Eileen Agar RA


Eileen Agar was born in 1899 in Buenos Aires, Argentina, but moved to England in 1906. She studied under Leon Underwood at his Brook Green School of Art, and then at the Slade School of Art. From 1928 to 1930 she lived with the Hungarian writer Joseph Bard in Paris, where she befriended Paul Éluard, Ezra Pound and André Breton. In 1933, Agar was given her first solo show at London's Bloomsbury Gallery and, at the suggestion of Henry Moore, joined The London Group, with whom she exhibited her first collages. She exchanged several of these collages with her sometime lover, Paul Nash. The 1930s saw Agar's work become more Surrealist, and in 1936, Herbert Read and Roland Penrose visited Agar in her studio to request that she participate in the International Surrealist Exhibition at the New Burlington Galleries, a seminal show that launched Surrealism in Britain. In 1937, Agar holidayed with Leonora Carrington, Man Ray, Henry Moore and others in Cornwall, and then at Mougins, with Picasso, Roland Penrose, Lee Miller and Paul Nash. At the end of this year, Agar was included in Fantastic Art, Dada and Surrealism at the Museum of Modern Art, New York. Her work of this period was characterised by a disparate and experimental use of media - from Surrealist oil paintings, photography (notably of anthropomorphic rocks, which are now in the Tate) and small works on paper in which she demonstrates a playful, innovative use of collage. Paul Nash introduced her to the idea of the 'found object', which inspired The Angel of Anarchy, a plaster head on which Agar has added feathers, fabric and diamante stones. This important work has appeared in a number of survey shows on Surrealism, as well as British Sculpture in the 20th Century at the Whitechapel Art Gallery, in 1981. It is now in the Tate's permanent collection.  


During wartime, Agar continued to work: she featured in Surrealism Today at the Zwemmer Gallery in 1940, and had a solo show at the Redfern Gallery in 1942. Her friend Lee Miller documented the show, and a selection of photographs appeared in British Vogue. She was the subject of a poem by ELT Messens, published in 1944. From the 1950s onwards, Agar's primary output was in painting; a typical example is Poet and His Muse, which was purchased by the Arts Council of Great Britain in 1959. In 1960, she painted a portrait of her friend, the poet Dylan Thomas, in very swift, spontaneous brush strokes, in an attempt to tap into the unconscious. This work was sold to the Tate a year later. In 1965, Agar began painting in acrylics, a medium in which she enjoyed trying out new pigments and colour combinations. She had been invited to paint large-scale canvases in preparation for a retrospective at the Commonwealth Institute, London, and this new, quick-drying medium was better suited for the task than oils. Roland Penrose wrote the catalogue essay, and in it remarked how these new acrylic paintings play with perception and illusion: "I find that I am led into deep sensations of time and space in some recent paintings where sharply delineated forms hover in darkness so that the blackness that surrounds them is alive in its own right and others where transparent forms with softer edges merge together creating new volumes and a magic sense of depth, a vortex of colour which carries the eye with rhythmic motion into a realm which transcends our limited field of observation". Agar continued painting while in old age, and acrylic canvases from the '70s and '80s were purchased by a number of public collections; the Government owns Bride of the Sea, of 1979, and Slow Movement (1970) is in the Scottish National Gallery of Modern Art. In 1985, Agar was included in Whitney Chadwick's seminal book Women Artists and the Surrealist Movement. She published her autobiography in 1988, and was elected to the Royal Academy in 1990. Agar was the subject of a major retrospective at the Scottish National Gallery of Modern Art in 1999, and more recently at Pallant House Gallery, Chichester, and Jerwood Gallery, Hastings. Her work has been included in all the major museum shows on Surrealism, both in the UK and around the world. An early painting from the 1930s is currently on display at Tate Modern, as part of its In the Studio exhibition.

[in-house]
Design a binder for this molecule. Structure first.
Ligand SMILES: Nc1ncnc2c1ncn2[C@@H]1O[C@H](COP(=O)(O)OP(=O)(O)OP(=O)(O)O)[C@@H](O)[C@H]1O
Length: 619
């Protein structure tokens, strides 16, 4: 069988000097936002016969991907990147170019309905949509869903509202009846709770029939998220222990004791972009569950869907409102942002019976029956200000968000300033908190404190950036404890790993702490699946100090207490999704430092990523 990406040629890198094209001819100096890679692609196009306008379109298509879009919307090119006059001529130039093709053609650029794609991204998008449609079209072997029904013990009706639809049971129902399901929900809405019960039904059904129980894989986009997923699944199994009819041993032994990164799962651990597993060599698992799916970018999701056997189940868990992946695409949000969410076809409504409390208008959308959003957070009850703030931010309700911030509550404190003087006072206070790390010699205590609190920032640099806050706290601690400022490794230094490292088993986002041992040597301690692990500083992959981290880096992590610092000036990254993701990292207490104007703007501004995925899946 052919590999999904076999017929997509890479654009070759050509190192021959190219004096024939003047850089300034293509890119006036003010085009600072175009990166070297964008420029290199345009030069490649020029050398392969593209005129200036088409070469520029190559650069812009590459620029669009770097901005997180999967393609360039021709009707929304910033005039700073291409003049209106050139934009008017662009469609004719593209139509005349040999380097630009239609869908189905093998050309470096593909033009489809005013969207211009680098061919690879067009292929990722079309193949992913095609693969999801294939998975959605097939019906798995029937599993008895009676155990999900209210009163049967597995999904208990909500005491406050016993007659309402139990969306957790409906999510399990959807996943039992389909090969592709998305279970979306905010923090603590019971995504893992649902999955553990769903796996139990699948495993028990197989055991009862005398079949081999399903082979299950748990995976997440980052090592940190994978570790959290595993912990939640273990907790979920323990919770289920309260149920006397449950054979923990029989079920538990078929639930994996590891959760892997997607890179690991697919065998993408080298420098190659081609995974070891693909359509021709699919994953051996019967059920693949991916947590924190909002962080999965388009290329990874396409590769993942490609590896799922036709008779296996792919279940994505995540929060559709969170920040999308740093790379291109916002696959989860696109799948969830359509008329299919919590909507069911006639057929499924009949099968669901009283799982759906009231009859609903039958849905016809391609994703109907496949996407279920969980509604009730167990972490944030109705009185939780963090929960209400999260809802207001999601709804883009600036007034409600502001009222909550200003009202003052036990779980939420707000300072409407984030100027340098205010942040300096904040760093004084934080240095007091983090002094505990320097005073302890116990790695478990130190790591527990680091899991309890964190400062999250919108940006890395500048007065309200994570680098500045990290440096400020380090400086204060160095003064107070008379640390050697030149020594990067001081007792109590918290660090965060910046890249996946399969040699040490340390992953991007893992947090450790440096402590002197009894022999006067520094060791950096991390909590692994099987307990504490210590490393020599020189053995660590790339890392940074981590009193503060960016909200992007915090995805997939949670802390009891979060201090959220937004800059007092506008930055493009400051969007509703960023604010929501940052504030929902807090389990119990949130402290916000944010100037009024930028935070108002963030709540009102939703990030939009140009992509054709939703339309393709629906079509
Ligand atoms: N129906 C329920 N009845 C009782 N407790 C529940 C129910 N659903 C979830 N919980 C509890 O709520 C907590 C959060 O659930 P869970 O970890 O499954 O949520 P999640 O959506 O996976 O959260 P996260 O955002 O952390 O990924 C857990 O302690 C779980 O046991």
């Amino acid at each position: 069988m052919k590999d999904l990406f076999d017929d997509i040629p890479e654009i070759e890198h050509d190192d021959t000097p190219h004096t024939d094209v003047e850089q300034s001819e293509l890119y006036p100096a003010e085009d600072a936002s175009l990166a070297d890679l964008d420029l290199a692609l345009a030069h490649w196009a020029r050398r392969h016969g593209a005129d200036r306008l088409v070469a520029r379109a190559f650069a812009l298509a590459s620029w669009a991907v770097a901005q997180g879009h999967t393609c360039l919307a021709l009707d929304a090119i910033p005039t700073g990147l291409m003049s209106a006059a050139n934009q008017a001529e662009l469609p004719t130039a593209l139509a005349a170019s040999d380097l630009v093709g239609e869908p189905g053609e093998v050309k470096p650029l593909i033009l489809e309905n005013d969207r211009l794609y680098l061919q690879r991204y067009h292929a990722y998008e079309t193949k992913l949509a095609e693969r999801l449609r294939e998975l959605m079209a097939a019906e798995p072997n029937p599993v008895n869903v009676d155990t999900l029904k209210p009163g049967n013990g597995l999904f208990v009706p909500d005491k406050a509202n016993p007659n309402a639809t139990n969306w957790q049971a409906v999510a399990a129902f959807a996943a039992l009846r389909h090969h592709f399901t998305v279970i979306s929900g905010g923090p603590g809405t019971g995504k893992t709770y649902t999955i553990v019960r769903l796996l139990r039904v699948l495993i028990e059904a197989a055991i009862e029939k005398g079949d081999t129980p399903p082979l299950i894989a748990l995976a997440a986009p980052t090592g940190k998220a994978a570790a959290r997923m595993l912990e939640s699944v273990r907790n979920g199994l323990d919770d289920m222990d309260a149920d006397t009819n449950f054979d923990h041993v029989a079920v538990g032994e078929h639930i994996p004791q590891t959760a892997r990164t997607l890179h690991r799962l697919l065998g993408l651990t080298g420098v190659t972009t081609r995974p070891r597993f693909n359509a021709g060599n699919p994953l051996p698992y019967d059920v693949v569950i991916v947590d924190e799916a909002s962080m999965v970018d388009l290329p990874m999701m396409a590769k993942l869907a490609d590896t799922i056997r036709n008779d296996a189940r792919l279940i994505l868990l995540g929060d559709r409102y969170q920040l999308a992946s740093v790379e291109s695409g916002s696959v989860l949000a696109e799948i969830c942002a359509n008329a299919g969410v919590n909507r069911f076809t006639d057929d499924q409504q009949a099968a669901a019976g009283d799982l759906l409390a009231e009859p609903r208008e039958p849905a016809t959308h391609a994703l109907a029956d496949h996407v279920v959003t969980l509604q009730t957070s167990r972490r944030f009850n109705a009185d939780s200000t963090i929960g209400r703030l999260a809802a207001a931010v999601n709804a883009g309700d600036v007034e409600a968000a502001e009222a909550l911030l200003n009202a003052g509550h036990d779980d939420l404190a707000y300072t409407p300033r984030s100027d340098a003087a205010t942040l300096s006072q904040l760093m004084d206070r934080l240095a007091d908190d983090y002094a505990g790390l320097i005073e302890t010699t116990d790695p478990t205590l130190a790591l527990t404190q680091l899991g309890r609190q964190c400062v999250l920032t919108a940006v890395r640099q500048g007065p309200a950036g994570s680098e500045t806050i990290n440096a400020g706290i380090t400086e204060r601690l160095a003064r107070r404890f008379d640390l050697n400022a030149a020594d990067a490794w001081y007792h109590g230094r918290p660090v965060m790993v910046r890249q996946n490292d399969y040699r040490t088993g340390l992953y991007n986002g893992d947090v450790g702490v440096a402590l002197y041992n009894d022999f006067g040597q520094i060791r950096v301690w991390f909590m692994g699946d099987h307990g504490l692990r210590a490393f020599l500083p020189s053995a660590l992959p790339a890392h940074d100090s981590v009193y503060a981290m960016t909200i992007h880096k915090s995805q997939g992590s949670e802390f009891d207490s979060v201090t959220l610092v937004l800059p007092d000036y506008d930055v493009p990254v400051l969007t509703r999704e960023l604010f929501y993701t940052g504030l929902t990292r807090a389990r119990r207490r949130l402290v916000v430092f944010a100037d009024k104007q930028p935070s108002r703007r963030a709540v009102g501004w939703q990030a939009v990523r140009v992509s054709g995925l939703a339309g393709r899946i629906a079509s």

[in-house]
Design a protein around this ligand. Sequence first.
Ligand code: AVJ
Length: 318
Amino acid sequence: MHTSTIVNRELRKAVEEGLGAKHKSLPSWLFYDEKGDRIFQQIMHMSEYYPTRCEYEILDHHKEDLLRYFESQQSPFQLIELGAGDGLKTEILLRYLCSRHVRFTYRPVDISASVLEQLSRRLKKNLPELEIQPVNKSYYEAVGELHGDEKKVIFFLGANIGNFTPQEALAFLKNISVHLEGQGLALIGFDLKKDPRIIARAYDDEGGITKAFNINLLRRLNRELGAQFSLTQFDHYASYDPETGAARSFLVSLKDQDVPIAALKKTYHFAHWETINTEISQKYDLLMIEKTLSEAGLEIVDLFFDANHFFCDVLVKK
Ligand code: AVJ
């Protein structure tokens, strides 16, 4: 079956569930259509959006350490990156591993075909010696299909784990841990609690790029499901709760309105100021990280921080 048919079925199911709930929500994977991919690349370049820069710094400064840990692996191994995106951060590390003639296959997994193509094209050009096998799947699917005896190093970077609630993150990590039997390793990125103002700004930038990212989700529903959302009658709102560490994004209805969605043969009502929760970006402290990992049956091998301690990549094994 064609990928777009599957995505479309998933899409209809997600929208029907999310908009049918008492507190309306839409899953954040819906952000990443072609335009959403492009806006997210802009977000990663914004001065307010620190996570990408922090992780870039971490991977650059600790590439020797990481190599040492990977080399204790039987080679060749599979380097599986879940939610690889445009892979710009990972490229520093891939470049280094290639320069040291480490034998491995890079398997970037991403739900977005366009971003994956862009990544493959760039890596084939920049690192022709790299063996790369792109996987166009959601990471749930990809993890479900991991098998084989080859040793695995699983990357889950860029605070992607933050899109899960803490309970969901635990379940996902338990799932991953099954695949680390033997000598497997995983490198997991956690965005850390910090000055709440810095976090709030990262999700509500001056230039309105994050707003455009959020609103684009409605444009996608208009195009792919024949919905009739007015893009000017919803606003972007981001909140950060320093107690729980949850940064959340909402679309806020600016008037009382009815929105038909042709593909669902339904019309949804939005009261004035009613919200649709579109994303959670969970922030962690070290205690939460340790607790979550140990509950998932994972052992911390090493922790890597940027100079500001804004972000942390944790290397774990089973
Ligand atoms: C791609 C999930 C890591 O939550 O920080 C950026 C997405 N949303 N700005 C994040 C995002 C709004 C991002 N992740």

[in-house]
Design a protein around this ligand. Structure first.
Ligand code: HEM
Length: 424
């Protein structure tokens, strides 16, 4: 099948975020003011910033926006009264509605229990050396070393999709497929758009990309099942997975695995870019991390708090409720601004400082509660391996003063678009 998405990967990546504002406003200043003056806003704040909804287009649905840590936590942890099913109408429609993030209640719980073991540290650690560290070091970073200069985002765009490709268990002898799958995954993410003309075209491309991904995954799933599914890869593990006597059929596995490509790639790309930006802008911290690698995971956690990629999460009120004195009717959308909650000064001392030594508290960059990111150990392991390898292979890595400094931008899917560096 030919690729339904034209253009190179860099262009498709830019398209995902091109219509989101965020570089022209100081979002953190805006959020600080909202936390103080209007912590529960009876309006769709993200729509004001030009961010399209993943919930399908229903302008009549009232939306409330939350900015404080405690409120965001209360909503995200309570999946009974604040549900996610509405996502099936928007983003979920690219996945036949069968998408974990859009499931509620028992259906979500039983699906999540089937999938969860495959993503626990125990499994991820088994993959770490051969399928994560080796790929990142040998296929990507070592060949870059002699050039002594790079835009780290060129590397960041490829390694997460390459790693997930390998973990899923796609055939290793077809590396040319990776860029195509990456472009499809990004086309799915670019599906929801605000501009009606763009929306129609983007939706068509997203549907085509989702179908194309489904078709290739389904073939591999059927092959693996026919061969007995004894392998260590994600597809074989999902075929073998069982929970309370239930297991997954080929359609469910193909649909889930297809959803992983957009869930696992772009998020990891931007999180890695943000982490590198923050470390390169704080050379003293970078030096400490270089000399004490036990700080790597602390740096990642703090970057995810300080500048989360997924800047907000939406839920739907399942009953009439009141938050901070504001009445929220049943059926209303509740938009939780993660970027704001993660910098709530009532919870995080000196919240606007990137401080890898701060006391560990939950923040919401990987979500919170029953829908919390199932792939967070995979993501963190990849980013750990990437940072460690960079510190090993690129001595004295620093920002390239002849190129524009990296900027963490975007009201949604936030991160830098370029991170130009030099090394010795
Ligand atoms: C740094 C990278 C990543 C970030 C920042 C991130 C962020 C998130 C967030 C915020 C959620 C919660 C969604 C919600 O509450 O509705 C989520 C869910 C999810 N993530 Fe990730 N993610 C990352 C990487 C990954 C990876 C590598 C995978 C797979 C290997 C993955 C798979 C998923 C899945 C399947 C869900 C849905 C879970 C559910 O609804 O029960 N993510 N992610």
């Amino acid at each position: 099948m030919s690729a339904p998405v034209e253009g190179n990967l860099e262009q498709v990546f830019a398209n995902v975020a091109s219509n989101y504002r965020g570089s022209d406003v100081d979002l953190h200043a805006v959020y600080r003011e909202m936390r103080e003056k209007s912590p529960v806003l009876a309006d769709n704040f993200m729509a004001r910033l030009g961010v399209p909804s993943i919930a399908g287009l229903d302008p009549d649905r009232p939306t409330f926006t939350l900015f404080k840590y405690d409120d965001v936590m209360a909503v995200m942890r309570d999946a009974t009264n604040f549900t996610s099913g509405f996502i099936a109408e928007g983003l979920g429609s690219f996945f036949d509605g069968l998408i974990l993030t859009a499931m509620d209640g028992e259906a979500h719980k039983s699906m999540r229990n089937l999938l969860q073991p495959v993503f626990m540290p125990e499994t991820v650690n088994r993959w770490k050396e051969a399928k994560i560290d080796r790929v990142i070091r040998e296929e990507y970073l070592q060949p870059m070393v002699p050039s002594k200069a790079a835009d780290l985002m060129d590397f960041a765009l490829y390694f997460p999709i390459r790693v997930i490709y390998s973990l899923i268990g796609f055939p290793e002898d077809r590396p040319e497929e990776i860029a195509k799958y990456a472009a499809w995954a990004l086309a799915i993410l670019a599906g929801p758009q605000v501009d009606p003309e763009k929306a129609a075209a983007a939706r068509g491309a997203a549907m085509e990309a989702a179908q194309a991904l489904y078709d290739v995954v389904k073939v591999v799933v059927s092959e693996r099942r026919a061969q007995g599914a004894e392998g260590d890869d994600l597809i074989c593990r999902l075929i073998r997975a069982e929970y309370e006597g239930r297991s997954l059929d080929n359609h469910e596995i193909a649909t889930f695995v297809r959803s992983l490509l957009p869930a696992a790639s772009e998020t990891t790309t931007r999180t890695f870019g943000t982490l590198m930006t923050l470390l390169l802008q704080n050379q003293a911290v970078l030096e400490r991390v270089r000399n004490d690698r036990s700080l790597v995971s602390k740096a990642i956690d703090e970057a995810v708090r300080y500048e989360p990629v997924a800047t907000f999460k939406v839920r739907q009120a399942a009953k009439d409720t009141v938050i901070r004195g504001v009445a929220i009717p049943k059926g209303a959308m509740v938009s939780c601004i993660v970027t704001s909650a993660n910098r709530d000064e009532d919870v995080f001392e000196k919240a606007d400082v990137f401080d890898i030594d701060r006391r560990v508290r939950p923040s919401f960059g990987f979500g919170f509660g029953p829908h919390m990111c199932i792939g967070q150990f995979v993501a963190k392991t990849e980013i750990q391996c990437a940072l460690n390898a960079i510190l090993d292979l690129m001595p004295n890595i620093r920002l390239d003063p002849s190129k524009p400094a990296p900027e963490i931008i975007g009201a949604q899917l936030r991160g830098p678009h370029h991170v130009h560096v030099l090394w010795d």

The Redfern Gallery represents the Eileen Agar estate.


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Eileen Agar RA

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